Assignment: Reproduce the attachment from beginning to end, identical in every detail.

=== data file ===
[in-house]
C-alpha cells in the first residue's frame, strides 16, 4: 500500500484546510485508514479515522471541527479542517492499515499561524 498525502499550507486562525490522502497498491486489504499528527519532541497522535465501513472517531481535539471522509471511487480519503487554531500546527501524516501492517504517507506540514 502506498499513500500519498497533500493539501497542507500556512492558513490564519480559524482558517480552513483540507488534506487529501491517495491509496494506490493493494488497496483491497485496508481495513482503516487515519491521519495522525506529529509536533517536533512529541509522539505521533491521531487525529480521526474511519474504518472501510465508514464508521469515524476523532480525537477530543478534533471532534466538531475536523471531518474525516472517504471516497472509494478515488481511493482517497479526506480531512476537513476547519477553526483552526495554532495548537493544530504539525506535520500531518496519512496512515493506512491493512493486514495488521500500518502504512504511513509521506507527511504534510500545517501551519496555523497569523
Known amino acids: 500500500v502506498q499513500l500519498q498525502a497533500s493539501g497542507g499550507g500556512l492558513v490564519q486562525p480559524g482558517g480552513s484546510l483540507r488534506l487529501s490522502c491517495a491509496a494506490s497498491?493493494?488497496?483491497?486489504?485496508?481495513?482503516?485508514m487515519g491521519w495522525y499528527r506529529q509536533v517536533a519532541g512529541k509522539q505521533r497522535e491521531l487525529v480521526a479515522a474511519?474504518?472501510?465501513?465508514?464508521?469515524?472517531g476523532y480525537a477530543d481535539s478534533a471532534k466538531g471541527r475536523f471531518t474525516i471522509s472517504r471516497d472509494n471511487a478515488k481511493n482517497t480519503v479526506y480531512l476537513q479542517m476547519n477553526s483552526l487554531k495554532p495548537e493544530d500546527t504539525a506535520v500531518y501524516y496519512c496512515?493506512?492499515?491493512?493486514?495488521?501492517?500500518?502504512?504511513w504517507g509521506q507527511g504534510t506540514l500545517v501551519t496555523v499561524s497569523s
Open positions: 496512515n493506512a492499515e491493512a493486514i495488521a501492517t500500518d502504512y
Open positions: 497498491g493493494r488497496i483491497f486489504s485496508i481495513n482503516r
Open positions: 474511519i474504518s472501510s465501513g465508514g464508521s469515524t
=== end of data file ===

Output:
[in-house]
C-alpha cells in the first residue's frame, strides 16, 4: 500500500484546510485508514479515522471541527479542517492499515499561524 498525502499550507486562525490522502497498491486489504499528527519532541497522535465501513472517531481535539471522509471511487480519503487554531500546527501524516501492517504517507506540514 502506498499513500500519498497533500493539501497542507500556512492558513490564519480559524482558517480552513483540507488534506487529501491517495491509496494506490493493494488497496483491497485496508481495513482503516487515519491521519495522525506529529509536533517536533512529541509522539505521533491521531487525529480521526474511519474504518472501510465508514464508521469515524476523532480525537477530543478534533471532534466538531475536523471531518474525516472517504471516497472509494478515488481511493482517497479526506480531512476537513476547519477553526483552526495554532495548537493544530504539525506535520500531518496519512496512515493506512491493512493486514495488521500500518502504512504511513509521506507527511504534510500545517501551519496555523497569523
Known amino acids: 500500500v502506498q499513500l500519498q498525502a497533500s493539501g497542507g499550507g500556512l492558513v490564519q486562525p480559524g482558517g480552513s484546510l483540507r488534506l487529501s490522502c491517495a491509496a494506490s497498491?493493494?488497496?483491497?486489504?485496508?481495513?482503516?485508514m487515519g491521519w495522525y499528527r506529529q509536533v517536533a519532541g512529541k509522539q505521533r497522535e491521531l487525529v480521526a479515522a474511519?474504518?472501510?465501513?465508514?464508521?469515524?472517531g476523532y480525537a477530543d481535539s478534533a471532534k466538531g471541527r475536523f471531518t474525516i471522509s472517504r471516497d472509494n471511487a478515488k481511493n482517497t480519503v479526506y480531512l476537513q479542517m476547519n477553526s483552526l487554531k495554532p495548537e493544530d500546527t504539525a506535520v500531518y501524516y496519512c496512515?493506512?492499515?491493512?493486514?495488521?501492517?500500518?502504512?504511513w504517507g509521506q507527511g504534510t506540514l500545517v501551519t496555523v499561524s497569523s
Open positions: 496512515n493506512a492499515e491493512a493486514i495488521a501492517t500500518d502504512y
Open positions: 497498491g493493494r488497496i483491497f486489504s485496508i481495513n482503516r
Open positions: 474511519i474504518s472501510s465501513g465508514g464508521s469515524t